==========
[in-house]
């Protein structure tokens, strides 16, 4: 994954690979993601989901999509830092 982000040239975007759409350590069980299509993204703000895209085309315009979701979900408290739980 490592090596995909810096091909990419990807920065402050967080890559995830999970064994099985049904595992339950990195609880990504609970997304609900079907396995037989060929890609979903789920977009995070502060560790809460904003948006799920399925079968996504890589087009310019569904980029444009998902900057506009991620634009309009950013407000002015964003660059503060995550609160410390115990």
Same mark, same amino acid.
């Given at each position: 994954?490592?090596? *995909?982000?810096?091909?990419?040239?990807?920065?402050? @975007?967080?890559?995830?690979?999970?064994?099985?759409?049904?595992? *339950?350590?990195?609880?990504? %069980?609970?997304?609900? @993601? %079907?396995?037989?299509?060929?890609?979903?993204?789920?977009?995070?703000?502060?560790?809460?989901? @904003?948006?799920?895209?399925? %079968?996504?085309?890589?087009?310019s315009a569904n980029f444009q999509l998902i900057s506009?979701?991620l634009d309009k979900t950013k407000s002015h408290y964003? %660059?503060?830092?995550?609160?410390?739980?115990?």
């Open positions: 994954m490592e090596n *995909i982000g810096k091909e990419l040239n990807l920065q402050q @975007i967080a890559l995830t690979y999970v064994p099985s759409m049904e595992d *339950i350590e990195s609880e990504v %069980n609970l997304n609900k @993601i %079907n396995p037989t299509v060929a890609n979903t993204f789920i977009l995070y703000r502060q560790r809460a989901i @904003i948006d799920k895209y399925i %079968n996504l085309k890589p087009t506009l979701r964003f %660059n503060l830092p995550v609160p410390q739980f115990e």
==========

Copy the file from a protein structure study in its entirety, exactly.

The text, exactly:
[in-house]
């Protein structure tokens, strides 16, 4: 994954690979993601989901999509830092 982000040239975007759409350590069980299509993204703000895209085309315009979701979900408290739980 490592090596995909810096091909990419990807920065402050967080890559995830999970064994099985049904595992339950990195609880990504609970997304609900079907396995037989060929890609979903789920977009995070502060560790809460904003948006799920399925079968996504890589087009310019569904980029444009998902900057506009991620634009309009950013407000002015964003660059503060995550609160410390115990």
Same mark, same amino acid.
């Given at each position: 994954?490592?090596? *995909?982000?810096?091909?990419?040239?990807?920065?402050? @975007?967080?890559?995830?690979?999970?064994?099985?759409?049904?595992? *339950?350590?990195?609880?990504? %069980?609970?997304?609900? @993601? %079907?396995?037989?299509?060929?890609?979903?993204?789920?977009?995070?703000?502060?560790?809460?989901? @904003?948006?799920?895209?399925? %079968?996504?085309?890589?087009?310019s315009a569904n980029f444009q999509l998902i900057s506009?979701?991620l634009d309009k979900t950013k407000s002015h408290y964003? %660059?503060?830092?995550?609160?410390?739980?115990?």
């Open positions: 994954m490592e090596n *995909i982000g810096k091909e990419l040239n990807l920065q402050q @975007i967080a890559l995830t690979y999970v064994p099985s759409m049904e595992d *339950i350590e990195s609880e990504v %069980n609970l997304n609900k @993601i %079907n396995p037989t299509v060929a890609n979903t993204f789920i977009l995070y703000r502060q560790r809460a989901i @904003i948006d799920k895209y399925i %079968n996504l085309k890589p087009t506009l979701r964003f %660059n503060l830092p995550v609160p410390q739980f115990e």